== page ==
“I’m a Griswold too,” I told the hostess at the restaurant under different management now. “One of the poor relatives, from the Illinois branch of the family.”

“Yes, we get lots of those,” she said.

For years I have been reading haphazardly about my patriarchal history and thought I knew the story. My great-times-seven grandfather, Edward, and his brother Matthew came from Warwickshire, England, in 1630 on the Mary and John, in the Puritan Great Migration. Edward served as a member of the colonial legislature, a commissioner, and a business/land agent.

I figured the ship had sailed directly up the Connecticut River, and that Edward and company had founded a dynasty that later included iron and steel magnates (who also built the USS Monitor and manufactured those cast iron skillets still in demand), US Representatives, governors, a president of Yale, and a Confederate arms maker. But this trip helped me better understand: They sailed to Boston first from England, and after nine years may have gone overland to the Connecticut coast, where the (now three) brothers and their families began living separate lives.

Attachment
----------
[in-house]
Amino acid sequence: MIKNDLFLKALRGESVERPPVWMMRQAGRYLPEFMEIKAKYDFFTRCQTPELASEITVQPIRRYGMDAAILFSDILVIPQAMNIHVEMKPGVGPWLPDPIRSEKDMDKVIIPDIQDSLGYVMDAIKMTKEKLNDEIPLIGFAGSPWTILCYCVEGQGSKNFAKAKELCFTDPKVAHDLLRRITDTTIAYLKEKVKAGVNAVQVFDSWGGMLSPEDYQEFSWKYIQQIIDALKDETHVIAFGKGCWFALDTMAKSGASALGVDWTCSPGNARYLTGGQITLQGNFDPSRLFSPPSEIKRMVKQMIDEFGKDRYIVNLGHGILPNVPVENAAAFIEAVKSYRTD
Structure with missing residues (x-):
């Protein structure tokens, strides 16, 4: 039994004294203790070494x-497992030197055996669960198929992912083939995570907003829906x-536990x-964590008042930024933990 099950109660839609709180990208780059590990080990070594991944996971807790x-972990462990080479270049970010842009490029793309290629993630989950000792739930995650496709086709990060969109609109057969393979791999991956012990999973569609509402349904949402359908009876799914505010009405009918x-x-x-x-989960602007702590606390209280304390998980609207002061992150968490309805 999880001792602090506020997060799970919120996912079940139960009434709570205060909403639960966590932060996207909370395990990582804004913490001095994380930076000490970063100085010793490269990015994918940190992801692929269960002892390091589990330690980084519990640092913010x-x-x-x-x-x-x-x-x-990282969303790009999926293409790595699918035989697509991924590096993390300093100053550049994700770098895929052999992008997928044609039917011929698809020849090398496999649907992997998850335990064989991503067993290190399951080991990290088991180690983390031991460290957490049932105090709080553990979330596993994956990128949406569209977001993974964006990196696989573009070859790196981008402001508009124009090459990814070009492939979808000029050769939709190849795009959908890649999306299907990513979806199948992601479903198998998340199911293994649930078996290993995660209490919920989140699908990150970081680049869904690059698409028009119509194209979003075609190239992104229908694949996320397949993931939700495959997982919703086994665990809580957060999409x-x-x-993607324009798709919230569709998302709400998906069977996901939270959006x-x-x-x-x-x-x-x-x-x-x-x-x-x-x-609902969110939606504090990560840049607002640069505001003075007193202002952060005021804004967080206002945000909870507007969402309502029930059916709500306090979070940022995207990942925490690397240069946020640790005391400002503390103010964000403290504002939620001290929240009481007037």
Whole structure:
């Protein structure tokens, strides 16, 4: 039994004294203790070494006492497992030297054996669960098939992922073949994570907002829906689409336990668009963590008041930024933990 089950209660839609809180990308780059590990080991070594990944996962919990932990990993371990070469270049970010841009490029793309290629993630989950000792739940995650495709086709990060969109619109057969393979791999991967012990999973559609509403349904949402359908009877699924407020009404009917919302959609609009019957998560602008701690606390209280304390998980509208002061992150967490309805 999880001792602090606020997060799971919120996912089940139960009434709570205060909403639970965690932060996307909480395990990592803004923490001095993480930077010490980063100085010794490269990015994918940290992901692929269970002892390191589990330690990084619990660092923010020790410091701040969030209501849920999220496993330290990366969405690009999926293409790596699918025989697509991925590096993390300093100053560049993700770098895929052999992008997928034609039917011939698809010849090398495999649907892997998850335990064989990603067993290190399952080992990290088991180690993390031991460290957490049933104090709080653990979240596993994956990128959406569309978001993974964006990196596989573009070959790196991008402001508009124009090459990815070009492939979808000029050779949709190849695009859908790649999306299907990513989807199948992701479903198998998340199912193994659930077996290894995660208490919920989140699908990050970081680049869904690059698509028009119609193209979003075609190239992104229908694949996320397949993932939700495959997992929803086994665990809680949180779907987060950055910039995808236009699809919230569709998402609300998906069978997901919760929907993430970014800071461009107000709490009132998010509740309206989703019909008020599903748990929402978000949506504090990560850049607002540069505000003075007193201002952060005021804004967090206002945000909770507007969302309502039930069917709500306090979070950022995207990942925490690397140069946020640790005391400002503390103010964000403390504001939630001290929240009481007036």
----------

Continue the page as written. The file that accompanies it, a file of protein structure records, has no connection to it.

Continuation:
Edward, though he is described as a “founding father of Connecticut,” seems to have tired of politics and public life; he served on at least two witch trials that called for death sentences and is mentioned in early colony records about division in the church. He and his sons moved farther out, away from developing centers, into what was still considered dangerous territory. Then he and his wife, Margaret, left that homestead to their sons and moved, yet again, down the coast to what is now Clinton, Connecticut.

A genealogical site says, “[I]t is possible that the love of peace influenced his going to a new place.”